In the Phoenix metro area, sprawling data centers and fraud-prevention companies bloom like the cacti and agaves of a growing tech ecosphere.
In the desert, only the hardiest plants and animals survive. They develop spines and foul smells to ward off water thieves, and poisons to cut down competition. They hunker down, specialize, and waste nothing.
You could say the same about startups in Arizona. Here, thanks to some auspicious geography, sprawling data centers and fraud-prevention companies bloom like the cacti and agaves of a growing tech ecosphere.
Phoenix’s tech scene in particular is beginning to coalesce. Household names like LifeLock, Go Daddy, and iCrossing (all Arizona-born) employ thousands of programmers and product managers, some of whom are now spinning off or joining startups of their own. The Arizona Commerce Authority is distributing $3 million in state-sponsored “innovation grants” to startup companies, according to AZCentral, and incubators are starting to spring up.
This reflects a broader trend in top-10-population cities in the U.S. The Internet and other technology have made the costs of starting a company plummet, and movements like The Lean Startup in addition to tech incubators are spreading entrepreneurial culture to nearly every corner of the country.
But Phoenix and the surrounding region stand out for a reason that has nothing to do with technology. Landlocked and flat, they lack the natural disasters that beset other large cities. For that reason, major companies like JPMorgan Chase, Toyota, and State Farm Insurance keep gigantic data centers near Phoenix. Local entrepreneurs have found opportunities in this concentration.
“With many of the top financial institutions having risk operations in town, it may be part of the reason why several startups are security- and fraud-focused,” says Ori Eisen, founder and chief innovation officer of fraud detection startup 41st Parameter. “We are working to help make Phoenix/Scottsdale a center for this kind of work. Perhaps we should name it something like ‘Secure Valley.’”
Identity theft prevention juggernaut LifeLock employs 475 people at its headquarters in Tempe, Arizona. The company processes financial data to identify and prevent consumer fraud, like a home alarm system for identity. With 2.2 million customers, LifeLock has attracted $200 million in venture capital to Arizona.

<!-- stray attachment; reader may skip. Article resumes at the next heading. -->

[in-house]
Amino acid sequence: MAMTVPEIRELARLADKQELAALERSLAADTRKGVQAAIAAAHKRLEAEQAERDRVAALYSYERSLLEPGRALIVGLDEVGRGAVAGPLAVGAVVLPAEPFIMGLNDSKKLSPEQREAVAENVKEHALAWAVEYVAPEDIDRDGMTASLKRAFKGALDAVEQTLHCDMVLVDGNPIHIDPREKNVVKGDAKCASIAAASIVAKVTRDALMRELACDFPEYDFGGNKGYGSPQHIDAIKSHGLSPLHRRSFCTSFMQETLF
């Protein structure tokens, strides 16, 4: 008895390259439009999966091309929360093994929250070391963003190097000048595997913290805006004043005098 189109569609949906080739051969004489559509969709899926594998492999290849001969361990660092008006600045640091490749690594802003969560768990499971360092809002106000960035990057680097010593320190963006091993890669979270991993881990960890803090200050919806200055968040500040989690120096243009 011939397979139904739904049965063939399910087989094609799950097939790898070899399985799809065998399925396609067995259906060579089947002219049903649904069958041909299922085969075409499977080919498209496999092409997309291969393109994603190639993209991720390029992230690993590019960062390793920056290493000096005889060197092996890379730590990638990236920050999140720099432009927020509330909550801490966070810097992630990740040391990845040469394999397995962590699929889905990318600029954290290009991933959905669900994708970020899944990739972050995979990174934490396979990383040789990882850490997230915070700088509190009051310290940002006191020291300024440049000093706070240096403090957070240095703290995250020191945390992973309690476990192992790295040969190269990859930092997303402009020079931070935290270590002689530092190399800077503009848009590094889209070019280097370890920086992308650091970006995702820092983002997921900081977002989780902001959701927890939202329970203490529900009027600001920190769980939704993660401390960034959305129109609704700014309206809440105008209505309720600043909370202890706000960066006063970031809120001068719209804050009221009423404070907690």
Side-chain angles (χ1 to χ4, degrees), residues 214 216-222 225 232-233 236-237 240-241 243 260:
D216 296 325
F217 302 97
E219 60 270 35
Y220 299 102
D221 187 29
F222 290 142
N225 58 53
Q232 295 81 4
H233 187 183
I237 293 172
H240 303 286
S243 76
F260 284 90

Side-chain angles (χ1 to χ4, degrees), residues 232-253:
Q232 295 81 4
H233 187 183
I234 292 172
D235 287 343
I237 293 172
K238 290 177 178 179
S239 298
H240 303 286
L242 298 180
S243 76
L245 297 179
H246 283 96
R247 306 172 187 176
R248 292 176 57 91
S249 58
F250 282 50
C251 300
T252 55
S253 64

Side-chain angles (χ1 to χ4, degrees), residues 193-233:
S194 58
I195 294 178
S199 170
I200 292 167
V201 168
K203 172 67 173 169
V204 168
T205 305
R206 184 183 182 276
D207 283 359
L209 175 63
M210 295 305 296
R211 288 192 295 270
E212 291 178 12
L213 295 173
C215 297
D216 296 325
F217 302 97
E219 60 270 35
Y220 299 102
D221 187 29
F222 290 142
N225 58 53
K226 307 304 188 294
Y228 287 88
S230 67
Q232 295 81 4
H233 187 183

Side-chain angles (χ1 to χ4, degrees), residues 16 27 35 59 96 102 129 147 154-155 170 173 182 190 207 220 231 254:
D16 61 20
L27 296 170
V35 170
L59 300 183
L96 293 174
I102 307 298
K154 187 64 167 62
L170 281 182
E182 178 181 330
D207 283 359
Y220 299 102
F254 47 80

“Typically when VCs like an idea, they look in their backyards,” says LifeLock CEO Todd Davis. “But to be able to show them that right in plain site out here there is a depth of technology talent… I believe has opened up the VC community [to Arizona],” Davis says.
And while hiring technical talent seems to be the bane of startups everywhere, big fish like LifeLock see hiring as an advantage for Arizona companies. “By far the best is the hiring pool and the talent we have access to, with, bluntly, less competition,” Davis says. “By being in Arizona we’re able to attract much of the talent that at some point lived in California, but because of the economy relocated here.”
Still, some say Phoenix needs an extra push to attract investor dollars and grow a “real” tech scene akin to Austin, Boulder, or even Silicon Valley.
“Stuff doesn’t get funded mostly because it is shit,” blogs Derek Neighbors, founder of Chandler, Arizona-based coworking collective Gangplank. “Sure, you see lots of this everywhere, but we don’t make up for it in volume like San Francisco and New York do.”
Innovation scenes are built on momentum. The more startup successes, the more startup interest. But before an oasis forms, the first few desert plants must fight the odds to grow. Says tech investor Howard Lindzon, who lived in Phoenix for 20 years before moving to California: “It really takes a strong mentoring system and lots of money focused on the startup scene, time, intensity and some more wins in general.”
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